Running the Show 

At 20, Joel Erb is making big money, building an empire — and studying for finals.

What were you doing at 14? Joel was working 11-hour days, selling his services to New York fashion houses such as Giorgio Armani and Calvin Klein. At 15, he taught the latest computer technology to professors and teachers — ones who specialized in computers. His cell phone rang in math class.

“To have a little boy from Richmond come up and show them something they haven’t seen really got them thinking,” Erb says, recalling the first trip to New York to meet with marketing executives. His uncle owns a limousine company and just so happened to be going to New York that week.

He remembers the harsh, big-city attitudes. One asked where his father was. Another wondered if he had hit puberty. Joel let it roll. “It was just too funny to see,” he says, now a seasoned 20-year-old. “It was like Richie Rich.”

It’s tempting to dismiss Joel as just another whiz kid, another skinny runt born with a computer mouse in his hand. Sure, companies are willing to pay big bucks to tap into the heads of media-savvy kids. But the stereotype doesn’t stick. Erb’s business acumen is light years ahead of where it should be. And unfortunately, he’s not annoying like most 20-year-olds who look 16 and make more money than you — a lot more money.

“He actually seems to have a fairly mature approach to business,” says Lee Baskerville, a local portrait and landscape painter who hired Erb to build a Web site and design business cards for him. Erb has a lawyer to draft contracts and an accountant to keep the books. When Bergdorf Goodman, an upscale Manhattan retailer, explained the company’s success was built on fabrics that you couldn’t touch and feel on the Internet, he created a special zoom function that gives browsers a microscopic view of the material.

Baskerville, strolling along Main Street one afternoon a few months ago, discovered Erb. Looking in the windows of the office Erb shares with two other businesses, he noticed the Continental statues in the studio office Erb shares with two other businesses. He opened the door and introduced himself.

“I figured he was like a nice young apprentice or something at the company,” he recalls thinking. “Then I found out he was the owner of the company. I was actually sort of intrigued by the whole thing at that point.”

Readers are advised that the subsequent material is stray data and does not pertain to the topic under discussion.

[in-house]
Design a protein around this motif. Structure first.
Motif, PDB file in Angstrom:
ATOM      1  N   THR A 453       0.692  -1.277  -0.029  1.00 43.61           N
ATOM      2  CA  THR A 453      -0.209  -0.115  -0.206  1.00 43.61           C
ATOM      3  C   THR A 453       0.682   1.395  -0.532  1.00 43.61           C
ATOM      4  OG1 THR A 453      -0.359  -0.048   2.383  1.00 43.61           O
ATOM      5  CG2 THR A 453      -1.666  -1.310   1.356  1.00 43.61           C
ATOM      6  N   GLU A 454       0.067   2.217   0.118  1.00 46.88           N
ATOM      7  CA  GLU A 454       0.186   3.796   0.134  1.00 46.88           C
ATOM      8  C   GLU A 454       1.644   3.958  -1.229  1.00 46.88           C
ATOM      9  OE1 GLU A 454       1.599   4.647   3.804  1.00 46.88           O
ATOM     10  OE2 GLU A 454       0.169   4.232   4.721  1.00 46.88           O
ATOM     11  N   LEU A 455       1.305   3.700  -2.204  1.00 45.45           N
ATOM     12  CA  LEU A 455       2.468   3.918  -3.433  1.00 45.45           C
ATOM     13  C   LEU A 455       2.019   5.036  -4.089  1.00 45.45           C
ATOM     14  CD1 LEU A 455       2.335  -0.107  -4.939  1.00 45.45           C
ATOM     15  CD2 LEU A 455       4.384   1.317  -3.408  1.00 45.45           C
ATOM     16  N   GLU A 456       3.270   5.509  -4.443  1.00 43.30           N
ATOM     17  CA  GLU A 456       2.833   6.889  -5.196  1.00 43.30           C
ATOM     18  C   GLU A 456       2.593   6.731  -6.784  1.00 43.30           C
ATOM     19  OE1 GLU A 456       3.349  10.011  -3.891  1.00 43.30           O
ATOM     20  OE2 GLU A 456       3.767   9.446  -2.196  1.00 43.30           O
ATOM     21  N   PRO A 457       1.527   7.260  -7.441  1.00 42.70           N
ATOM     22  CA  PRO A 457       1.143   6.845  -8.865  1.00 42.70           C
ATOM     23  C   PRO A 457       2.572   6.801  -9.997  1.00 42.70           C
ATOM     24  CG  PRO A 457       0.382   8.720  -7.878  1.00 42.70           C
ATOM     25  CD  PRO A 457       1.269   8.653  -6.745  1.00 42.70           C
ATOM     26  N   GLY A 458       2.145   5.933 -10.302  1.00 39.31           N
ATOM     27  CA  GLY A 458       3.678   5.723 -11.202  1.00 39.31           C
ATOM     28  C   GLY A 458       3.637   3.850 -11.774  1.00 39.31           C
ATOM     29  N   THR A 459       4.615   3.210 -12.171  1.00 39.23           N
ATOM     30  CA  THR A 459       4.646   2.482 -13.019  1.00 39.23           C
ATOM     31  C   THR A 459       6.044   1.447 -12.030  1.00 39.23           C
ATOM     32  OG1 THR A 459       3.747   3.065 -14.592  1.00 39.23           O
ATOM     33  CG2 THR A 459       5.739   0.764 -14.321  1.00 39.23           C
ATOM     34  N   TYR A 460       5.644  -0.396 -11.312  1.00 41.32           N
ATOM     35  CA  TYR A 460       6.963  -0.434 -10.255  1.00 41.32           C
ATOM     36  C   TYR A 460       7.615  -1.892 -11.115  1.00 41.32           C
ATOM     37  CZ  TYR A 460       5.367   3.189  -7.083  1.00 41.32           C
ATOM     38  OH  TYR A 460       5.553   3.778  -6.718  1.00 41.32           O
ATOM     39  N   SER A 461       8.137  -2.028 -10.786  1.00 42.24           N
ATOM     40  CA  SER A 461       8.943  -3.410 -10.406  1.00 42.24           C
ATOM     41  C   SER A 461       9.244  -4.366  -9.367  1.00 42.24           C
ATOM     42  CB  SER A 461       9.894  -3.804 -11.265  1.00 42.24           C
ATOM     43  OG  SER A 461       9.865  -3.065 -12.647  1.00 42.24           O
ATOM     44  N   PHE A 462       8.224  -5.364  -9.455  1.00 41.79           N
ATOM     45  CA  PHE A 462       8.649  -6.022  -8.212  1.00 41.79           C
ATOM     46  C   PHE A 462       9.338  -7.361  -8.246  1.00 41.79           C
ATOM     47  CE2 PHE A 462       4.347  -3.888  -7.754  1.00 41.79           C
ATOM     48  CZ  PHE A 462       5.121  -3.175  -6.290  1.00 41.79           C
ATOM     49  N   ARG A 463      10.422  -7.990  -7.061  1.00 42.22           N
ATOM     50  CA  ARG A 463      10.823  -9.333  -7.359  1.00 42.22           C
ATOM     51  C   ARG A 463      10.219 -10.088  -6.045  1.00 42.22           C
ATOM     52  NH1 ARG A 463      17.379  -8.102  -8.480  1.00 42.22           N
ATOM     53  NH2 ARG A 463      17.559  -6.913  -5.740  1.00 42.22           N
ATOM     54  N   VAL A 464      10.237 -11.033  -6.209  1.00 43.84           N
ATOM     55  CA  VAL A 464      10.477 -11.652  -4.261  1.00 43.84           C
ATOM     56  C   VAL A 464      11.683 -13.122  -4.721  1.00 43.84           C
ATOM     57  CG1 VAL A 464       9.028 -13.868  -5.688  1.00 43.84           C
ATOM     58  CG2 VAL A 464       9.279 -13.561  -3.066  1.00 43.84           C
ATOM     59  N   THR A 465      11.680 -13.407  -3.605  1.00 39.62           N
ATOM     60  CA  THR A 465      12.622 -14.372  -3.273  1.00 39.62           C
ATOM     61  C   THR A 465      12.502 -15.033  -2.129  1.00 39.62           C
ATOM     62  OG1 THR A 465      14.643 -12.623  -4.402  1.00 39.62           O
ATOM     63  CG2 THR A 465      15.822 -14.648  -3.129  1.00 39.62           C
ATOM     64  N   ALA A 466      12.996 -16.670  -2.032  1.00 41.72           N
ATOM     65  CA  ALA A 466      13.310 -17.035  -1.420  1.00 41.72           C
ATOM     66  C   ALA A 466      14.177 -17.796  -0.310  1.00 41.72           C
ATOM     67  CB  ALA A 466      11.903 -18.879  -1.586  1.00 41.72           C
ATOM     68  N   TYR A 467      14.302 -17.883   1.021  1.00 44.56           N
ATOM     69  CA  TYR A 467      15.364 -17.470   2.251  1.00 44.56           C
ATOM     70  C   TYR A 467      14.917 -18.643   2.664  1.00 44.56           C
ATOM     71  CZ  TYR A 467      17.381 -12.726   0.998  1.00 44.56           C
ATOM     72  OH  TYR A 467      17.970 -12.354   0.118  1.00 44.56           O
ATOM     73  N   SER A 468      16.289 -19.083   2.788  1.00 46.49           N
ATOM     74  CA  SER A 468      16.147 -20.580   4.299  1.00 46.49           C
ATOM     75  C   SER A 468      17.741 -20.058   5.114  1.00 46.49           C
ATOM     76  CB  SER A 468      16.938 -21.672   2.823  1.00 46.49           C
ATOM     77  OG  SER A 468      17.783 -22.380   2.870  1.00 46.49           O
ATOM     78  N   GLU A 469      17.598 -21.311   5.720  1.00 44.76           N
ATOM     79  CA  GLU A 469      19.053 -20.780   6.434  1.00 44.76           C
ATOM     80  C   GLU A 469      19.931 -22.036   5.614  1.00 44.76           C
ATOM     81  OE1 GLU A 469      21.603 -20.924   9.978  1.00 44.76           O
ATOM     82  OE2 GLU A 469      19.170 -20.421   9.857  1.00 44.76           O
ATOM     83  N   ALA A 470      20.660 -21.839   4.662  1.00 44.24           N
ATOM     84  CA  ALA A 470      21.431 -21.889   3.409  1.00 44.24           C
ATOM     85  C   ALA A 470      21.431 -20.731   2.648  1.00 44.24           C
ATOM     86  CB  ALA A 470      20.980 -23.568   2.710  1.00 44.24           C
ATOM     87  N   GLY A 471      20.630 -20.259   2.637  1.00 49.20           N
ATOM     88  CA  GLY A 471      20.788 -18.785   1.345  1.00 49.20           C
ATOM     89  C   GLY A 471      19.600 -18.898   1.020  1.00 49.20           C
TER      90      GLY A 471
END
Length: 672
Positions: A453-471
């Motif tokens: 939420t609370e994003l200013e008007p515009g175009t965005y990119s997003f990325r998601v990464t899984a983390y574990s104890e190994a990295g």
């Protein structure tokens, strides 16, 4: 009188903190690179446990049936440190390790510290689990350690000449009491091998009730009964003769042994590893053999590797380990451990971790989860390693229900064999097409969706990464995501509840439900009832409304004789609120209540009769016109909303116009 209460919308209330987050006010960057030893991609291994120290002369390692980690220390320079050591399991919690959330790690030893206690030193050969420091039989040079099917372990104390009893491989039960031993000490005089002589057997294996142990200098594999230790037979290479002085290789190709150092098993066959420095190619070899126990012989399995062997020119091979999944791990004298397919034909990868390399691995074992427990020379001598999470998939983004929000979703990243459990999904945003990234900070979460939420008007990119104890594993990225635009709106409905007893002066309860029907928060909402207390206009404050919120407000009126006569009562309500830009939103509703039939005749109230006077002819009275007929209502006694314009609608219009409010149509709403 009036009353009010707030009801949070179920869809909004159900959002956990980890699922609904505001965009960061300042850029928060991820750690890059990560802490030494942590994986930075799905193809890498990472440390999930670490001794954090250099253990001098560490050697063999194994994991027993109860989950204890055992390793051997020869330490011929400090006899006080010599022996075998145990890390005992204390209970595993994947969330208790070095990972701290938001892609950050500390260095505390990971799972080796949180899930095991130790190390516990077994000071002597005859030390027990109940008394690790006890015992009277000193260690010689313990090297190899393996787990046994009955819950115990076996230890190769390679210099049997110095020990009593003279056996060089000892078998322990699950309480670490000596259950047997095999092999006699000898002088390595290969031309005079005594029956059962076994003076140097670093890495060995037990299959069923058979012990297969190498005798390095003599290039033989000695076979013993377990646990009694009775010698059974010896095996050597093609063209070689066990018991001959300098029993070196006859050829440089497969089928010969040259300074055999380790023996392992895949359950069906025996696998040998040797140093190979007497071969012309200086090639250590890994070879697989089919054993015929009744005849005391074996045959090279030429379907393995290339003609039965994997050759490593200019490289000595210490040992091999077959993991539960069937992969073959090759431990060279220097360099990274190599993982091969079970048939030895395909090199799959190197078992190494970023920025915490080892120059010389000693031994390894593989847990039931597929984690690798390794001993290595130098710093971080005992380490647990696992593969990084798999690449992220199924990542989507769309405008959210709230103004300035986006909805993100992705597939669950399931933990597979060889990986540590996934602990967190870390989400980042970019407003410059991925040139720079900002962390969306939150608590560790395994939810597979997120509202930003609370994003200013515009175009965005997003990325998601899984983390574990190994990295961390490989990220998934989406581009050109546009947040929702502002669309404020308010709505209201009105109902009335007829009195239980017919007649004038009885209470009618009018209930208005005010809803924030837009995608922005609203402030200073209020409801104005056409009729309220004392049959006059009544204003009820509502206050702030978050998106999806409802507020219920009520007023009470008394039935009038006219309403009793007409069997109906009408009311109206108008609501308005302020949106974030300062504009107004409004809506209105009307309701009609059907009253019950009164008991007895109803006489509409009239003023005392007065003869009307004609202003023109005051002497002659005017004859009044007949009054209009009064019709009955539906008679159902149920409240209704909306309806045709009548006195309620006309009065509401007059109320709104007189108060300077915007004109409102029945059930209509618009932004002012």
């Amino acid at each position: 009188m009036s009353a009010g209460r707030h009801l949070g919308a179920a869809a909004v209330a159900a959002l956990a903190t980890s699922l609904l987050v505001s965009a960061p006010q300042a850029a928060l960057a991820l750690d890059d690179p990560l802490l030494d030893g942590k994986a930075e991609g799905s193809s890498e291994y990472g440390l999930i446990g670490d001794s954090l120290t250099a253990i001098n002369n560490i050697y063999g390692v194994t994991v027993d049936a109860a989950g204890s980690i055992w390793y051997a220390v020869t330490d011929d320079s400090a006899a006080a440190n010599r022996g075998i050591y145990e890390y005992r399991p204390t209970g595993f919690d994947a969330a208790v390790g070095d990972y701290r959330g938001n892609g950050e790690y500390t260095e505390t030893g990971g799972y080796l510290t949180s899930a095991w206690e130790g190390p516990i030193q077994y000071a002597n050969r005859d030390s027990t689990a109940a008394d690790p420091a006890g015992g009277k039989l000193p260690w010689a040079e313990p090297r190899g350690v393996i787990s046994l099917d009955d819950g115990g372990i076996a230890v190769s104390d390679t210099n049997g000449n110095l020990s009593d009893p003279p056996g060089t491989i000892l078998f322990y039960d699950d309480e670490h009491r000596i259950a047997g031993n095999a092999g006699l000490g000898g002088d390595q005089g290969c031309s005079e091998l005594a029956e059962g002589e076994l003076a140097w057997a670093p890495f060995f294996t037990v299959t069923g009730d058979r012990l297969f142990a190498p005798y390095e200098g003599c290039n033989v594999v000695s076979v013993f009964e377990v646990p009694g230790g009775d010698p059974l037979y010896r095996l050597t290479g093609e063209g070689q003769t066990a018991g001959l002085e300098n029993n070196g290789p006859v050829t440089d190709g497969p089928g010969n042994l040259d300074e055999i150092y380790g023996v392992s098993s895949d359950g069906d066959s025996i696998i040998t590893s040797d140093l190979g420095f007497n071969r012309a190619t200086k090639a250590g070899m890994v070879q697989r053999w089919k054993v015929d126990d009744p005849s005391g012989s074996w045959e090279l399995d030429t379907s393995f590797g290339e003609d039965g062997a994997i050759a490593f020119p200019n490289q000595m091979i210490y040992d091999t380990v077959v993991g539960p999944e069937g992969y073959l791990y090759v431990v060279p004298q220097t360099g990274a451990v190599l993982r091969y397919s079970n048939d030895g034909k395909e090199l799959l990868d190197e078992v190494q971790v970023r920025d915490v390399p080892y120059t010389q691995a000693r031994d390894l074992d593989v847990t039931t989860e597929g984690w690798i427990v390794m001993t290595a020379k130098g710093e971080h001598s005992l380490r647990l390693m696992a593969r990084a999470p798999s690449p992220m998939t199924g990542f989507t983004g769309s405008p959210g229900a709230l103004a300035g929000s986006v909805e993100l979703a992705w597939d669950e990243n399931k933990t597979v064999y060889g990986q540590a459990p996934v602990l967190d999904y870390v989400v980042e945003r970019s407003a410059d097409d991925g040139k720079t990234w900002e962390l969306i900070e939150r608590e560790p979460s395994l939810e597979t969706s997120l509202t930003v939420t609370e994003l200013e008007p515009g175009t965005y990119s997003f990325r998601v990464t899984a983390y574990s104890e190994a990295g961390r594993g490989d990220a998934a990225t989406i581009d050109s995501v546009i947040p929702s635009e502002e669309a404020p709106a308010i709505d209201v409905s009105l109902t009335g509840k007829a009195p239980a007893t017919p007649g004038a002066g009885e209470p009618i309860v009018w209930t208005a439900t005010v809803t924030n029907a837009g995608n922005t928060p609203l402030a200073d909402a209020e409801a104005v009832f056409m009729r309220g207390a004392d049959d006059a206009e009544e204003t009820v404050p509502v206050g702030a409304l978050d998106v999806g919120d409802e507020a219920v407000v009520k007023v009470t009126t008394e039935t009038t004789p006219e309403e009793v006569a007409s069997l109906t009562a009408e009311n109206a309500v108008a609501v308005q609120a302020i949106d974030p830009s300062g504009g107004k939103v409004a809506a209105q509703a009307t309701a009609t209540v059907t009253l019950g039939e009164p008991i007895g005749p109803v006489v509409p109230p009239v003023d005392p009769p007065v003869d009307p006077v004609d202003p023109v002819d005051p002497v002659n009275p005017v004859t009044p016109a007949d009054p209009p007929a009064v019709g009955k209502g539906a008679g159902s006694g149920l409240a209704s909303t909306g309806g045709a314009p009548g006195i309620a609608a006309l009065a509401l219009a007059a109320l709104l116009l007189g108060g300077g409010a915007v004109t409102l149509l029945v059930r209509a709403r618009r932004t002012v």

Living with Erb “made life very interesting” says his mom, Linda Sue Erb. “Right down to Ralph Lauren being on the answering machine.” (Erb says Mom has a bad memory. It was actually Giorgio Armani who left the message.)

When Erb was 2, he took apart a broken toy train piece by piece. It had a transparent cover with colored gears inside. He fixed it and put it back together. As a child, he was also a gourmet cook — he got that from his mother — and an artist. He produced plays for the school and cooked elegant lunches for his teachers.

“He never walked,” his mother recalls. “He started climbing at 7 months and running.”

So busy was Erb that he didn’t have time for school. When he was a sophomore, he nearly dropped out to focus on his business. His high school, L.C. Bird in Chesterfield, however, contacted him about a new Internet program Chesterfield County wanted to test out. He could finish his final two years on his own time by taking the classes virtually, taking tests at a secure Web site. It was difficult at first, but Joel graduated with flying colors. He’s now a sophomore at the University of Richmond.

“In Joel’s case, it was perfect,” says Gabe Pascarella, assistant director of the coordinated studies program for Chesterfield County. Today, Pascarella says, the county has 300 students registered in online courses.

The business, however, took its toll. Erb started suffering from panic attacks. The business kept him up at all hours. The stress crippled him. “I had a mental breakdown,” he says. “I had allowed the business to grow so big. I had panic attacks every 15 seconds. Almost everything I started I lost.”

After Sept. 11, 2001 — Erb says he was inside the Twin Towers the day before — he hit the skids. The economy went south. He spent all his money. So he decided to go college. About a year later he was back in business.

His mother worries sometimes that he gets his priorities mixed up. “We’re disappointed that he’s chosen to put his profession first and foremost above all else in life,” she says. “Money is not what brings happiness. But he has to make his own decisions in life.”

Erb doesn’t like to talk about how much money he makes. He says his company grosses somewhere between six and seven figures a year. He has five employees, and he charges about $165 an hour, in line with the industry standard for Web design and marketing firms. And business is hopping again.

“In the past month and a half our business has tripled,” he says, adding that he’s already booked for the next six months. “And we don’t know why.”

He’s taking his mother’s cue, he says. He’s learning to have fun, and he’s hanging out with his new friends at UR and working a little less. “Money was never an object,” he says. “I love what I do.” S


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